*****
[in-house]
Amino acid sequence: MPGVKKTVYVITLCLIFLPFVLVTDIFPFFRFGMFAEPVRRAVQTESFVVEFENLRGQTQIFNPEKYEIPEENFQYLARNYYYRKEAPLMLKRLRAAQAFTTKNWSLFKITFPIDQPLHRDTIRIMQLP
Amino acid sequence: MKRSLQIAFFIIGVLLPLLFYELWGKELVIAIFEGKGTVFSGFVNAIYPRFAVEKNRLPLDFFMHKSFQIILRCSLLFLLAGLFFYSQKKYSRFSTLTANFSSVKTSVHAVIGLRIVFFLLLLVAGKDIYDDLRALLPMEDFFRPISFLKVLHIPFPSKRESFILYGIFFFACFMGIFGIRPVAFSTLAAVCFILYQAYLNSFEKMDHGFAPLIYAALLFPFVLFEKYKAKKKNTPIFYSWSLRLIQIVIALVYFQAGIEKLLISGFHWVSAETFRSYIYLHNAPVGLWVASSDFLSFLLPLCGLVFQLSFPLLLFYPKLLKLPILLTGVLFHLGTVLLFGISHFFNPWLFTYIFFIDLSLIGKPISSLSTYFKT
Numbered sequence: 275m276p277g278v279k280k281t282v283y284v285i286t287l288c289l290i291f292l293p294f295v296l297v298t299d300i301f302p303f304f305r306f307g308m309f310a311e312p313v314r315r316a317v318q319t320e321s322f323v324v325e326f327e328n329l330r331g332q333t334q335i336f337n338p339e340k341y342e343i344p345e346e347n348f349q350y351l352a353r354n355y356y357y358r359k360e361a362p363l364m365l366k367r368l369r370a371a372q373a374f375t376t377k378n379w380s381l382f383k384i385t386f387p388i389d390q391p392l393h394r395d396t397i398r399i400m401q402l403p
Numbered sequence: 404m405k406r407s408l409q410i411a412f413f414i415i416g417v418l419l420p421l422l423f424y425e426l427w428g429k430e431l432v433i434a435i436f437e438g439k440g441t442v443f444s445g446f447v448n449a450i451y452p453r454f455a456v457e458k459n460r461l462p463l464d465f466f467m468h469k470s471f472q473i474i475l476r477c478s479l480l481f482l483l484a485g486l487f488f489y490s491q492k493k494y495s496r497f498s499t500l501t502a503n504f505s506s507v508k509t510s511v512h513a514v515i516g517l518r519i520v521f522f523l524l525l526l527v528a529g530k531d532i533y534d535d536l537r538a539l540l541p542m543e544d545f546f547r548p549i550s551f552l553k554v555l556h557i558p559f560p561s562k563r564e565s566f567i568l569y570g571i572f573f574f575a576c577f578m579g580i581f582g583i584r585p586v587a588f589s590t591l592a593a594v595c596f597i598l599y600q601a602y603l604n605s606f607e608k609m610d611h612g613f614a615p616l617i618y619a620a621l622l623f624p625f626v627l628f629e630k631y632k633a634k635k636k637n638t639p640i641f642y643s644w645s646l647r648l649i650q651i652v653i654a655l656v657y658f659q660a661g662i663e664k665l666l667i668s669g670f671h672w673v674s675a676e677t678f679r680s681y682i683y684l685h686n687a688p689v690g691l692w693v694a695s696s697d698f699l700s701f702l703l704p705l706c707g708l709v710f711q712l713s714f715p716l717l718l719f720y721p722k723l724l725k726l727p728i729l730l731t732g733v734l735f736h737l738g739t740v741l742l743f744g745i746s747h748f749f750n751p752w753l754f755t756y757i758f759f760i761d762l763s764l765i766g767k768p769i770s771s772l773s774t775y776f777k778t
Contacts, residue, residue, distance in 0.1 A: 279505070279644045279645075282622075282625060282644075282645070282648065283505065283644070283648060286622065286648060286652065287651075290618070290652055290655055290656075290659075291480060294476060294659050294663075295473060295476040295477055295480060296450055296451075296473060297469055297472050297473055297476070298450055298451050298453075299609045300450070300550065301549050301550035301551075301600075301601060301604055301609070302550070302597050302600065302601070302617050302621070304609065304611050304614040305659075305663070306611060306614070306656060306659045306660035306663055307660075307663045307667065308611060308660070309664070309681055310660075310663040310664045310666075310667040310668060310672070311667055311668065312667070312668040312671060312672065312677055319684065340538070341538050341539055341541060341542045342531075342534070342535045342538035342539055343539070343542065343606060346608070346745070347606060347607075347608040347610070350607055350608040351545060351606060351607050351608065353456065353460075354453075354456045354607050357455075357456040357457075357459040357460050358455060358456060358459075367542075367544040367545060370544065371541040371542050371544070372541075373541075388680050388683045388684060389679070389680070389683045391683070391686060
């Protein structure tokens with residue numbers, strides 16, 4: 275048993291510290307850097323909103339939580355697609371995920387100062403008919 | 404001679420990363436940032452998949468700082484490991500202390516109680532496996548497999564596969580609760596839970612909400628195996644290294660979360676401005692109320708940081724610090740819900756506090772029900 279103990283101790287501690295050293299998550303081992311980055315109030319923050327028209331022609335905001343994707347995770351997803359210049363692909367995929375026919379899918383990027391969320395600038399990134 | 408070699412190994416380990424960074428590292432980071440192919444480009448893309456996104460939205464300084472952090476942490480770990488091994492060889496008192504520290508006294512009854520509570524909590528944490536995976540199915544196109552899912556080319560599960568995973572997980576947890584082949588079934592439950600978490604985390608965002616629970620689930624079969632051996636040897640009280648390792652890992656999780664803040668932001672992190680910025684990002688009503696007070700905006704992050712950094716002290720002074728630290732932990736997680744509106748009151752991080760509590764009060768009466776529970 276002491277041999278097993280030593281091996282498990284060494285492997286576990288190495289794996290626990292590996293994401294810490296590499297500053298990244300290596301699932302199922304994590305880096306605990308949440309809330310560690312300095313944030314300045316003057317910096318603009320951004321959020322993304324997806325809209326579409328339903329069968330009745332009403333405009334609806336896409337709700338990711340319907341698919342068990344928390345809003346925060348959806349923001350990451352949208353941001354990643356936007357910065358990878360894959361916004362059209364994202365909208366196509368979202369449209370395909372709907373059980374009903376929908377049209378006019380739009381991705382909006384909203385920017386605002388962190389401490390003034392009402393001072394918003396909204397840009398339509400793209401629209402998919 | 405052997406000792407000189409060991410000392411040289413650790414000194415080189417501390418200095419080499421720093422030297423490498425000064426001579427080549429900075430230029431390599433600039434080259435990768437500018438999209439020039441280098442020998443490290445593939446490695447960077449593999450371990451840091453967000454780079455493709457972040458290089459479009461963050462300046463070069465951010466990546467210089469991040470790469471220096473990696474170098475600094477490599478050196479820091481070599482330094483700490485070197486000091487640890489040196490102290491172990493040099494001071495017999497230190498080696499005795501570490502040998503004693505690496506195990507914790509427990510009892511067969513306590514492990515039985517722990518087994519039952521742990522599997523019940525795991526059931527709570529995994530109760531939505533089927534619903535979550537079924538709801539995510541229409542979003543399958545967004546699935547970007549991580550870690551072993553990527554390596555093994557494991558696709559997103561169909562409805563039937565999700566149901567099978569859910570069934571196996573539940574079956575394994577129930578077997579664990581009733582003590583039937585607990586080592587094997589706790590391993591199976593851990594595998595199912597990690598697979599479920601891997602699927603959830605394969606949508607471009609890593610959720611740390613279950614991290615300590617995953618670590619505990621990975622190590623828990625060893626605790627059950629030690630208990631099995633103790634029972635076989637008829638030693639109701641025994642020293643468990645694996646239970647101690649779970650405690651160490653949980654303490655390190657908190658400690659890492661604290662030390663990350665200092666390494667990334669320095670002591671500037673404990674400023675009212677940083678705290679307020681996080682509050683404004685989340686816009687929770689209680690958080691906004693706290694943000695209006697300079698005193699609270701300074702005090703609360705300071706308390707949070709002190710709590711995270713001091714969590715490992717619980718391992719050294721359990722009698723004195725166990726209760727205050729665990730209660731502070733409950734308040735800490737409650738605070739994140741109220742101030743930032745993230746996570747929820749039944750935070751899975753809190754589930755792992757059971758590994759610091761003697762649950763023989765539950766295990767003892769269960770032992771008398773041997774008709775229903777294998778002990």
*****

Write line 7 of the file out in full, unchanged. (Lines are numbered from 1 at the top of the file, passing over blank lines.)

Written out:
């Protein structure tokens with residue numbers, strides 16, 4: 275048993291510290307850097323909103339939580355697609371995920387100062403008919 | 404001679420990363436940032452998949468700082484490991500202390516109680532496996548497999564596969580609760596839970612909400628195996644290294660979360676401005692109320708940081724610090740819900756506090772029900 279103990283101790287501690295050293299998550303081992311980055315109030319923050327028209331022609335905001343994707347995770351997803359210049363692909367995929375026919379899918383990027391969320395600038399990134 | 408070699412190994416380990424960074428590292432980071440192919444480009448893309456996104460939205464300084472952090476942490480770990488091994492060889496008192504520290508006294512009854520509570524909590528944490536995976540199915544196109552899912556080319560599960568995973572997980576947890584082949588079934592439950600978490604985390608965002616629970620689930624079969632051996636040897640009280648390792652890992656999780664803040668932001672992190680910025684990002688009503696007070700905006704992050712950094716002290720002074728630290732932990736997680744509106748009151752991080760509590764009060768009466776529970 276002491277041999278097993280030593281091996282498990284060494285492997286576990288190495289794996290626990292590996293994401294810490296590499297500053298990244300290596301699932302199922304994590305880096306605990308949440309809330310560690312300095313944030314300045316003057317910096318603009320951004321959020322993304324997806325809209326579409328339903329069968330009745332009403333405009334609806336896409337709700338990711340319907341698919342068990344928390345809003346925060348959806349923001350990451352949208353941001354990643356936007357910065358990878360894959361916004362059209364994202365909208366196509368979202369449209370395909372709907373059980374009903376929908377049209378006019380739009381991705382909006384909203385920017386605002388962190389401490390003034392009402393001072394918003396909204397840009398339509400793209401629209402998919 | 405052997406000792407000189409060991410000392411040289413650790414000194415080189417501390418200095419080499421720093422030297423490498425000064426001579427080549429900075430230029431390599433600039434080259435990768437500018438999209439020039441280098442020998443490290445593939446490695447960077449593999450371990451840091453967000454780079455493709457972040458290089459479009461963050462300046463070069465951010466990546467210089469991040470790469471220096473990696474170098475600094477490599478050196479820091481070599482330094483700490485070197486000091487640890489040196490102290491172990493040099494001071495017999497230190498080696499005795501570490502040998503004693505690496506195990507914790509427990510009892511067969513306590514492990515039985517722990518087994519039952521742990522599997523019940525795991526059931527709570529995994530109760531939505533089927534619903535979550537079924538709801539995510541229409542979003543399958545967004546699935547970007549991580550870690551072993553990527554390596555093994557494991558696709559997103561169909562409805563039937565999700566149901567099978569859910570069934571196996573539940574079956575394994577129930578077997579664990581009733582003590583039937585607990586080592587094997589706790590391993591199976593851990594595998595199912597990690598697979599479920601891997602699927603959830605394969606949508607471009609890593610959720611740390613279950614991290615300590617995953618670590619505990621990975622190590623828990625060893626605790627059950629030690630208990631099995633103790634029972635076989637008829638030693639109701641025994642020293643468990645694996646239970647101690649779970650405690651160490653949980654303490655390190657908190658400690659890492661604290662030390663990350665200092666390494667990334669320095670002591671500037673404990674400023675009212677940083678705290679307020681996080682509050683404004685989340686816009687929770689209680690958080691906004693706290694943000695209006697300079698005193699609270701300074702005090703609360705300071706308390707949070709002190710709590711995270713001091714969590715490992717619980718391992719050294721359990722009698723004195725166990726209760727205050729665990730209660731502070733409950734308040735800490737409650738605070739994140741109220742101030743930032745993230746996570747929820749039944750935070751899975753809190754589930755792992757059971758590994759610091761003697762649950763023989765539950766295990767003892769269960770032992771008398773041997774008709775229903777294998778002990």